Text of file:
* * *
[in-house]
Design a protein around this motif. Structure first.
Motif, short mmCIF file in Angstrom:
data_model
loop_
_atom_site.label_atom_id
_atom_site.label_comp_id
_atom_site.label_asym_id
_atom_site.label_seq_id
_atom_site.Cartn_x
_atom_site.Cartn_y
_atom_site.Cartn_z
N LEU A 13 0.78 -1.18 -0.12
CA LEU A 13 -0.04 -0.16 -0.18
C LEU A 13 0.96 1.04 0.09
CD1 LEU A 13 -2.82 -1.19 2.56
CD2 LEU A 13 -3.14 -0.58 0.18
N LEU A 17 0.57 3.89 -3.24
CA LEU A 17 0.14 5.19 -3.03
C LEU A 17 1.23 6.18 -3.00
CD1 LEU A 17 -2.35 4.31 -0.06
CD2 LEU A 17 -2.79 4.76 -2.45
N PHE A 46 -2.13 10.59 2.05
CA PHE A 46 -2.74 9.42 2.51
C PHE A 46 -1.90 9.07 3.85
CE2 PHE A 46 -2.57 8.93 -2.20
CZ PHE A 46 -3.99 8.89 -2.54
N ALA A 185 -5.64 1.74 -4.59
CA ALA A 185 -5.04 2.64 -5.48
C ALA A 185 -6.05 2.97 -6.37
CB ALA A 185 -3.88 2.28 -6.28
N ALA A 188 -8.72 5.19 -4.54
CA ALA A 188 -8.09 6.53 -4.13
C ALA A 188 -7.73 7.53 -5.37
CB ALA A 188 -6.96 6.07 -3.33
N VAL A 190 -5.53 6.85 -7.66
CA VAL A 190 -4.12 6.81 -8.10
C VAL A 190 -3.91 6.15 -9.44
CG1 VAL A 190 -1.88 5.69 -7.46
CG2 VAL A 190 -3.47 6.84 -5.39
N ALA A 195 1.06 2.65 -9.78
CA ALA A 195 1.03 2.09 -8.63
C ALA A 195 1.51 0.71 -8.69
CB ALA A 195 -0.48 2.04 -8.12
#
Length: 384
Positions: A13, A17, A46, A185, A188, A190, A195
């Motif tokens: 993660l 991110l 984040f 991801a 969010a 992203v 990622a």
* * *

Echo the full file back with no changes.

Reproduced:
[in-house]
Design a protein around this motif. Structure first.
Motif, short mmCIF file in Angstrom:
data_model
loop_
_atom_site.label_atom_id
_atom_site.label_comp_id
_atom_site.label_asym_id
_atom_site.label_seq_id
_atom_site.Cartn_x
_atom_site.Cartn_y
_atom_site.Cartn_z
N LEU A 13 0.78 -1.18 -0.12
CA LEU A 13 -0.04 -0.16 -0.18
C LEU A 13 0.96 1.04 0.09
CD1 LEU A 13 -2.82 -1.19 2.56
CD2 LEU A 13 -3.14 -0.58 0.18
N LEU A 17 0.57 3.89 -3.24
CA LEU A 17 0.14 5.19 -3.03
C LEU A 17 1.23 6.18 -3.00
CD1 LEU A 17 -2.35 4.31 -0.06
CD2 LEU A 17 -2.79 4.76 -2.45
N PHE A 46 -2.13 10.59 2.05
CA PHE A 46 -2.74 9.42 2.51
C PHE A 46 -1.90 9.07 3.85
CE2 PHE A 46 -2.57 8.93 -2.20
CZ PHE A 46 -3.99 8.89 -2.54
N ALA A 185 -5.64 1.74 -4.59
CA ALA A 185 -5.04 2.64 -5.48
C ALA A 185 -6.05 2.97 -6.37
CB ALA A 185 -3.88 2.28 -6.28
N ALA A 188 -8.72 5.19 -4.54
CA ALA A 188 -8.09 6.53 -4.13
C ALA A 188 -7.73 7.53 -5.37
CB ALA A 188 -6.96 6.07 -3.33
N VAL A 190 -5.53 6.85 -7.66
CA VAL A 190 -4.12 6.81 -8.10
C VAL A 190 -3.91 6.15 -9.44
CG1 VAL A 190 -1.88 5.69 -7.46
CG2 VAL A 190 -3.47 6.84 -5.39
N ALA A 195 1.06 2.65 -9.78
CA ALA A 195 1.03 2.09 -8.63
C ALA A 195 1.51 0.71 -8.69
CB ALA A 195 -0.48 2.04 -8.12
#
Length: 384
Positions: A13, A17, A46, A185, A188, A190, A195
């Motif tokens: 993660l 991110l 984040f 991801a 969010a 992203v 990622a």